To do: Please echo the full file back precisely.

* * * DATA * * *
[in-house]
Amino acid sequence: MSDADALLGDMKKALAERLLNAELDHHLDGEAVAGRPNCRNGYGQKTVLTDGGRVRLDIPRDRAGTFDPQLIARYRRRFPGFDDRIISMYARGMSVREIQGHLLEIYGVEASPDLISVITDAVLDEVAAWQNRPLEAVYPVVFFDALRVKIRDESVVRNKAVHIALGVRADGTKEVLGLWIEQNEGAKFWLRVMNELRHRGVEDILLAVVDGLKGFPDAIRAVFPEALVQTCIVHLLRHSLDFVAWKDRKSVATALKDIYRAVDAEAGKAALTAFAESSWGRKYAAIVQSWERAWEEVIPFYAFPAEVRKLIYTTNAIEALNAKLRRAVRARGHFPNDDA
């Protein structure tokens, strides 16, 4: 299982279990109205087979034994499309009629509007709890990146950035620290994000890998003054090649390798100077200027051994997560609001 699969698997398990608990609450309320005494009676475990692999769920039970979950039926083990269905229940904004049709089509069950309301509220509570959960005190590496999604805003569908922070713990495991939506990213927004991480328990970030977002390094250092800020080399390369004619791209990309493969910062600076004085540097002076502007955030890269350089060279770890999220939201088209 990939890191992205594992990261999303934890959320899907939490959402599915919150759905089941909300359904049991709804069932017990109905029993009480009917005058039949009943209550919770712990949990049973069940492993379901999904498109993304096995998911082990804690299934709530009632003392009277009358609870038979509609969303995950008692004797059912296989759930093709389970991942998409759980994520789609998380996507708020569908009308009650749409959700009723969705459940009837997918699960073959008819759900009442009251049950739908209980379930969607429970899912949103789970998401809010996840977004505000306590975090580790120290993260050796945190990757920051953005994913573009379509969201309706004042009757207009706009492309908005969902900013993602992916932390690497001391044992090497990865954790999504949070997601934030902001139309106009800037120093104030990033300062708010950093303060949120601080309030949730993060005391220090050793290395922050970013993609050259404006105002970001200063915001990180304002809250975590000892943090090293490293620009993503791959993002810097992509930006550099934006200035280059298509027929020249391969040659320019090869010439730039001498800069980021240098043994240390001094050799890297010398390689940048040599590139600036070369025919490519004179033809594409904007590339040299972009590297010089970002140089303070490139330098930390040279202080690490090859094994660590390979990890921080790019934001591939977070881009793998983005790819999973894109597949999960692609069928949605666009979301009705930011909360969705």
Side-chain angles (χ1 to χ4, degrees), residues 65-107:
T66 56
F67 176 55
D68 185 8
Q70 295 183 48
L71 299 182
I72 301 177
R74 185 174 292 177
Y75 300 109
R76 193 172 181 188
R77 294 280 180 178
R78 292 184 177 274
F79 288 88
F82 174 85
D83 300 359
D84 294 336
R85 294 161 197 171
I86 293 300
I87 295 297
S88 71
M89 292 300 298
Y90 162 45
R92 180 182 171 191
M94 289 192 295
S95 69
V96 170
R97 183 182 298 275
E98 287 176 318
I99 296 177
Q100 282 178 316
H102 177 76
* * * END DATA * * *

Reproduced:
[in-house]
Amino acid sequence: MSDADALLGDMKKALAERLLNAELDHHLDGEAVAGRPNCRNGYGQKTVLTDGGRVRLDIPRDRAGTFDPQLIARYRRRFPGFDDRIISMYARGMSVREIQGHLLEIYGVEASPDLISVITDAVLDEVAAWQNRPLEAVYPVVFFDALRVKIRDESVVRNKAVHIALGVRADGTKEVLGLWIEQNEGAKFWLRVMNELRHRGVEDILLAVVDGLKGFPDAIRAVFPEALVQTCIVHLLRHSLDFVAWKDRKSVATALKDIYRAVDAEAGKAALTAFAESSWGRKYAAIVQSWERAWEEVIPFYAFPAEVRKLIYTTNAIEALNAKLRRAVRARGHFPNDDA
């Protein structure tokens, strides 16, 4: 299982279990109205087979034994499309009629509007709890990146950035620290994000890998003054090649390798100077200027051994997560609001 699969698997398990608990609450309320005494009676475990692999769920039970979950039926083990269905229940904004049709089509069950309301509220509570959960005190590496999604805003569908922070713990495991939506990213927004991480328990970030977002390094250092800020080399390369004619791209990309493969910062600076004085540097002076502007955030890269350089060279770890999220939201088209 990939890191992205594992990261999303934890959320899907939490959402599915919150759905089941909300359904049991709804069932017990109905029993009480009917005058039949009943209550919770712990949990049973069940492993379901999904498109993304096995998911082990804690299934709530009632003392009277009358609870038979509609969303995950008692004797059912296989759930093709389970991942998409759980994520789609998380996507708020569908009308009650749409959700009723969705459940009837997918699960073959008819759900009442009251049950739908209980379930969607429970899912949103789970998401809010996840977004505000306590975090580790120290993260050796945190990757920051953005994913573009379509969201309706004042009757207009706009492309908005969902900013993602992916932390690497001391044992090497990865954790999504949070997601934030902001139309106009800037120093104030990033300062708010950093303060949120601080309030949730993060005391220090050793290395922050970013993609050259404006105002970001200063915001990180304002809250975590000892943090090293490293620009993503791959993002810097992509930006550099934006200035280059298509027929020249391969040659320019090869010439730039001498800069980021240098043994240390001094050799890297010398390689940048040599590139600036070369025919490519004179033809594409904007590339040299972009590297010089970002140089303070490139330098930390040279202080690490090859094994660590390979990890921080790019934001591939977070881009793998983005790819999973894109597949999960692609069928949605666009979301009705930011909360969705």
Side-chain angles (χ1 to χ4, degrees), residues 65-107:
T66 56
F67 176 55
D68 185 8
Q70 295 183 48
L71 299 182
I72 301 177
R74 185 174 292 177
Y75 300 109
R76 193 172 181 188
R77 294 280 180 178
R78 292 184 177 274
F79 288 88
F82 174 85
D83 300 359
D84 294 336
R85 294 161 197 171
I86 293 300
I87 295 297
S88 71
M89 292 300 298
Y90 162 45
R92 180 182 171 191
M94 289 192 295
S95 69
V96 170
R97 183 182 298 275
E98 287 176 318
I99 296 177
Q100 282 178 316
H102 177 76